When Jesus is pictured moving through the streets of Jerusalem on his way to his execution, it is more likely that he was attached to a patibulum, a horizontal beam, not a cross. There was no Greek equivalent for the Latin patibulum; this technology was specific to Rome. The closest the Greek writers of the gospels could come was stauros, usually translated as cross, though in the first century CE it more precisely meant post or stake. “Cross” became a common translation after the stories of Jesus’s death began to reverberate in the Empire. This horizontal beam (patibulum or stauros) would then have been affixed to the vertical post. Taken together, the two beams made a t- or cross-shape.
The argument here is about nuance. The Roman Empire crucified Jesus. Jesus was not crucified on a cross, however. That concept of the cross came a few centuries later. The structure we call a cross was actually made up of two different technologies of torture: the horizontal beam and the vertical post.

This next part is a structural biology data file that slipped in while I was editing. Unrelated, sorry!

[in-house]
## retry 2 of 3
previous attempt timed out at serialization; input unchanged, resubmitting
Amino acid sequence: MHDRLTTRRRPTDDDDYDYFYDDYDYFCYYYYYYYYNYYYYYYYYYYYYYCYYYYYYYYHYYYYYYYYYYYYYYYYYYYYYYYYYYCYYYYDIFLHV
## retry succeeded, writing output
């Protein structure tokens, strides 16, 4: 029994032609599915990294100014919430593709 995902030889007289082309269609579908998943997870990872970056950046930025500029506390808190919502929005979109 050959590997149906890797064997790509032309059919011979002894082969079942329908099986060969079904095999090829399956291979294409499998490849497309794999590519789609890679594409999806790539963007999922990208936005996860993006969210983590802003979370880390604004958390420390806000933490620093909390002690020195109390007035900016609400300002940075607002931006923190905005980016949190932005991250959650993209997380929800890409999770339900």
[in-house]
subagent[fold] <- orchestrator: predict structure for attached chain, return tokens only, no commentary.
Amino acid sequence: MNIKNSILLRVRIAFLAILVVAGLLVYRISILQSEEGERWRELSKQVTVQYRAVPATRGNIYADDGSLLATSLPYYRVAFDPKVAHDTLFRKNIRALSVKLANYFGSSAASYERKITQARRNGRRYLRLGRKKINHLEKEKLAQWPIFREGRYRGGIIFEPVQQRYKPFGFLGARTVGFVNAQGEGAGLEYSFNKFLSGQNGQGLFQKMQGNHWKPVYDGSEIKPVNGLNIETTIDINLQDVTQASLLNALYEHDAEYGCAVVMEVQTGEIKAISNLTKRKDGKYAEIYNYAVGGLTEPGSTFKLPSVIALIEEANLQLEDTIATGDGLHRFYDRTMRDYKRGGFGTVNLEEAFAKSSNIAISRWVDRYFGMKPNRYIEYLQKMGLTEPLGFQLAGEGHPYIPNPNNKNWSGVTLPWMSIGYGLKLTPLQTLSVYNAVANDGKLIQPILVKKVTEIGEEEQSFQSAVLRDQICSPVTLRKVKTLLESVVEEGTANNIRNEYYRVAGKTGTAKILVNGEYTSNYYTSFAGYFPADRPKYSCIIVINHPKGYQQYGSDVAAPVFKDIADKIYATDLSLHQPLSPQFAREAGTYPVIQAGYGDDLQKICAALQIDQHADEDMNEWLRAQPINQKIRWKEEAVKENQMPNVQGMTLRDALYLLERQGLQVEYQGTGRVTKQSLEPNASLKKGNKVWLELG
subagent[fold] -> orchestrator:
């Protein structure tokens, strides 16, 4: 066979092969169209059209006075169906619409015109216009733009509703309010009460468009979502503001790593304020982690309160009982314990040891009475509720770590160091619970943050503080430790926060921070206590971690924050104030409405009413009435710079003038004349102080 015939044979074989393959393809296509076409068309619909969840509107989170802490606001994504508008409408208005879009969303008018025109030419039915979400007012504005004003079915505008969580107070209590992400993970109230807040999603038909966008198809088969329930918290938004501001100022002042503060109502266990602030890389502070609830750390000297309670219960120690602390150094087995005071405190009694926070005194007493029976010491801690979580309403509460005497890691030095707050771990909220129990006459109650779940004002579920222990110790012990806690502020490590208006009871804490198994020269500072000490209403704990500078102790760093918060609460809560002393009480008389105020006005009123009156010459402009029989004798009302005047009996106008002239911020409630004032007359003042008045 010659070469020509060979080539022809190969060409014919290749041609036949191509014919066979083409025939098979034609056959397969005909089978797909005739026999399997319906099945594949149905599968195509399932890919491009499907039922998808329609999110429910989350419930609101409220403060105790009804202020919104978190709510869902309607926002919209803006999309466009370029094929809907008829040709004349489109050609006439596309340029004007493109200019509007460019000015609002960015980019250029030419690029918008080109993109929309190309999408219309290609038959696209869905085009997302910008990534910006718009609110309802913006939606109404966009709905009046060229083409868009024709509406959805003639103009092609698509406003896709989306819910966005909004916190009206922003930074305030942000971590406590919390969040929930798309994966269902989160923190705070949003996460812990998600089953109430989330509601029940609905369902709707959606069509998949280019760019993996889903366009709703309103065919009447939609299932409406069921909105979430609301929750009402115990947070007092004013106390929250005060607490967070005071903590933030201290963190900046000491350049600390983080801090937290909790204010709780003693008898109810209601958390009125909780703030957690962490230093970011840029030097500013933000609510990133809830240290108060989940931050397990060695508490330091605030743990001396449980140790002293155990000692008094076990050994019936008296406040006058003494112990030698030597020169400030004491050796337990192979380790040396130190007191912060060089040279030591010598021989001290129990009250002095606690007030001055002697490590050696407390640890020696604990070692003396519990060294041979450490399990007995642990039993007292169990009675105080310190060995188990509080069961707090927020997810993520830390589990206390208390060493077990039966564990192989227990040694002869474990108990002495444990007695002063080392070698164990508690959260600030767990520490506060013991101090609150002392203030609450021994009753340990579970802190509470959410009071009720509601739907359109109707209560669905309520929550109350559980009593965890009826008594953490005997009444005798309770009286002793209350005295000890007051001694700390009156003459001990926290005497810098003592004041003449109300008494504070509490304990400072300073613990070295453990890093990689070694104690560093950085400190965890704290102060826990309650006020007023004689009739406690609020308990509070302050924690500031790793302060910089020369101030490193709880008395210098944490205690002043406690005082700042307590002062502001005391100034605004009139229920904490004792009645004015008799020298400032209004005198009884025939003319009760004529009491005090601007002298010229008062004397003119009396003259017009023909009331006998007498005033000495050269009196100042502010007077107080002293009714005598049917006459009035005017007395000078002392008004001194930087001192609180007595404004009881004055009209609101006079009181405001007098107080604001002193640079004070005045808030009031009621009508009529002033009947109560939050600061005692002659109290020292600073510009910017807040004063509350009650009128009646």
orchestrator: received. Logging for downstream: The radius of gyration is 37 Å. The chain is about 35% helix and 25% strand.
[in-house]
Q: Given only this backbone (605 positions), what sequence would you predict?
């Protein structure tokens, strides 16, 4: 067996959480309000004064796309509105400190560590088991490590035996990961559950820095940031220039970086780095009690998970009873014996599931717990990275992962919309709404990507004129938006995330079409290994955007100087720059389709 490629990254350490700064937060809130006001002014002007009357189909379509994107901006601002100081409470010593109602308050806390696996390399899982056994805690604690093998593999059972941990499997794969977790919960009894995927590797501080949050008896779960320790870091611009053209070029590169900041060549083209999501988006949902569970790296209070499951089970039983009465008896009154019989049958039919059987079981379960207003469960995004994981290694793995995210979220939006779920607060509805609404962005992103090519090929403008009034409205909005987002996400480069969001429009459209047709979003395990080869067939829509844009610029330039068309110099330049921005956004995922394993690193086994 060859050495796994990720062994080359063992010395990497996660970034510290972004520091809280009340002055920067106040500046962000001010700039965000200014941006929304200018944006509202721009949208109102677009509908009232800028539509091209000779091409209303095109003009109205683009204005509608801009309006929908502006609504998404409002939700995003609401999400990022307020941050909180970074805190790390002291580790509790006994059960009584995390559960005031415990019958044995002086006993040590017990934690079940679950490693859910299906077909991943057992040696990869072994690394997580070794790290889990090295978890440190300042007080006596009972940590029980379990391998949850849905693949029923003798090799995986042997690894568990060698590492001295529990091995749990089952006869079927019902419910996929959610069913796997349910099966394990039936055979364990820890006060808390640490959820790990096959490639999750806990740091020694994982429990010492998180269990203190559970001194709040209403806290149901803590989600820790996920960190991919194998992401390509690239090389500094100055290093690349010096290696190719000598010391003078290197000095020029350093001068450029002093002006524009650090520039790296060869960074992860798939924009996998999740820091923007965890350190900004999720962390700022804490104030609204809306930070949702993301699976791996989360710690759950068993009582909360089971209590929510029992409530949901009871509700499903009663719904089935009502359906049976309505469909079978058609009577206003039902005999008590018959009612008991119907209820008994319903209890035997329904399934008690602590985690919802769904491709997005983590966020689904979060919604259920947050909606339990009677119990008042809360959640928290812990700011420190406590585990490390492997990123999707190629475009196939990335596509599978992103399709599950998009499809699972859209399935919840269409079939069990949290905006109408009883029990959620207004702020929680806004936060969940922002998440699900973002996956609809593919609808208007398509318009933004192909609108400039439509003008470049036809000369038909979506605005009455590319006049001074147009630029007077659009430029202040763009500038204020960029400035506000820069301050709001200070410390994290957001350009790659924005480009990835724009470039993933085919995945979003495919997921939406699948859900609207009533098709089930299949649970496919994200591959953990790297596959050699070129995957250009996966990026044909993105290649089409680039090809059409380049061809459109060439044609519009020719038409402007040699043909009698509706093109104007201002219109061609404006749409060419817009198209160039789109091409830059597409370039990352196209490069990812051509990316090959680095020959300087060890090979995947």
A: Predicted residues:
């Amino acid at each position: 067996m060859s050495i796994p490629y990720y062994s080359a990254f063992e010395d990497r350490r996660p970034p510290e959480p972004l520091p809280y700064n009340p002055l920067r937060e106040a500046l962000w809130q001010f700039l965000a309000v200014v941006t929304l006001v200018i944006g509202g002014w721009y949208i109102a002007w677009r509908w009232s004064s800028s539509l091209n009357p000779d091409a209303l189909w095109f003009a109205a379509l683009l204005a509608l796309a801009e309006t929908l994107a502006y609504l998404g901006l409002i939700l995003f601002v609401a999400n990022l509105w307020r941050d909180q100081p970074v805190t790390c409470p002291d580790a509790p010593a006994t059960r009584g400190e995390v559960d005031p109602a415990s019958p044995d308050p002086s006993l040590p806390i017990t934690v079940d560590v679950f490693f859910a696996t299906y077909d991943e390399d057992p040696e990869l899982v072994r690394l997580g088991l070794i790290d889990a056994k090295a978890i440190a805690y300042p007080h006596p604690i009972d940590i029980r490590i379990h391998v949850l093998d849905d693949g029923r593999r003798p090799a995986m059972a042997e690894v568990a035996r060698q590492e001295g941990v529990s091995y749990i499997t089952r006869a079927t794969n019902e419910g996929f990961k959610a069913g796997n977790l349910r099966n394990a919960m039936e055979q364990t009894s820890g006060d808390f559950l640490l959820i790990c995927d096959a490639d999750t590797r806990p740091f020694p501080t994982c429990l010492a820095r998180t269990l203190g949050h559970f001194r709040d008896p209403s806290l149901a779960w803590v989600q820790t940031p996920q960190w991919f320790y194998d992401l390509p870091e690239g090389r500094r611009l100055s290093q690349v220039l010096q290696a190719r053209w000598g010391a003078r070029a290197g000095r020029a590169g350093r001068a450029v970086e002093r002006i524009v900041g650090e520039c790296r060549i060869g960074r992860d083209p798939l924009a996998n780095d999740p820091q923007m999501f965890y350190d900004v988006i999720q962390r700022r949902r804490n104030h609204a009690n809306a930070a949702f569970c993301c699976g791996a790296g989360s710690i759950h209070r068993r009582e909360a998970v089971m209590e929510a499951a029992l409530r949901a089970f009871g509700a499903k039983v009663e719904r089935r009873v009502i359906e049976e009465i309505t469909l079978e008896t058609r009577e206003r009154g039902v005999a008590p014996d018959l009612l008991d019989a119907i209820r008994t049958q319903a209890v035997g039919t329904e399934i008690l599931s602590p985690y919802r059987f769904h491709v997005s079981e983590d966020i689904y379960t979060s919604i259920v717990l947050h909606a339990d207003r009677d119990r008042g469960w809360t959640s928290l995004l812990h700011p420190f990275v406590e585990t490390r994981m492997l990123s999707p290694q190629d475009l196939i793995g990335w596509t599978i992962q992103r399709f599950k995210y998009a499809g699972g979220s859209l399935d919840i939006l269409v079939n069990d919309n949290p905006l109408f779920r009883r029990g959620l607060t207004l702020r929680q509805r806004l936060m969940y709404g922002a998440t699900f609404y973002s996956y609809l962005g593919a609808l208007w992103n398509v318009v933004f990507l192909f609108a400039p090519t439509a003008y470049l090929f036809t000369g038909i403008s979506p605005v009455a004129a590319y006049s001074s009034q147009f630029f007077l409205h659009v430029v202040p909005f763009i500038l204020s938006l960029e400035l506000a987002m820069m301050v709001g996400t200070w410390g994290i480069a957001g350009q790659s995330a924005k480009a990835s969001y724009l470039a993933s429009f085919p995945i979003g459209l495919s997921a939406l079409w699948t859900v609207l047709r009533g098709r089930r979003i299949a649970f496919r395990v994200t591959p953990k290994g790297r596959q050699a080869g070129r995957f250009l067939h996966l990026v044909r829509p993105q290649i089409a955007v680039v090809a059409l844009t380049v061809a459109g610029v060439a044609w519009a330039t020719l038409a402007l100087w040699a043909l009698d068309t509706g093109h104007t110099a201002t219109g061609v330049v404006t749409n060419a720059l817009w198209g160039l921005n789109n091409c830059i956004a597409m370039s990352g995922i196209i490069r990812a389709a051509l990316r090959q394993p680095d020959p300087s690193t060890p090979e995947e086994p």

Why are these technical details and ancient Latin words for torture important? Why does a re-imagination of Jesus’s death matter? Jesus did, after all, still die on a cross-shaped scaffold, even if that scaffold was not called a cross.
When we put Jesus’s death in the bigger first century CE Roman context of crucifixion we can see that Jesus’s crucifixion can be understood in much greater detail when we read the gospel accounts alongside of other ancient sources that mention crucifixion. We start to see Jesus in a richer historical context. Given the centrality of Jesus’s death to the traditions of Christianity that emerged out of the ancient world, precision in our imagining and recounting of this death is of the utmost importance. Context matters. It is only in context, when we place Jesus in his time and place, that we can see how Jesus was – and for so many, continues to be – meaningful. The more complete our picture is, the more nuanced our details, the better we can understand and appreciate the stories of Jesus’s death by crucifixion, and the profound importance these stories have for so very many.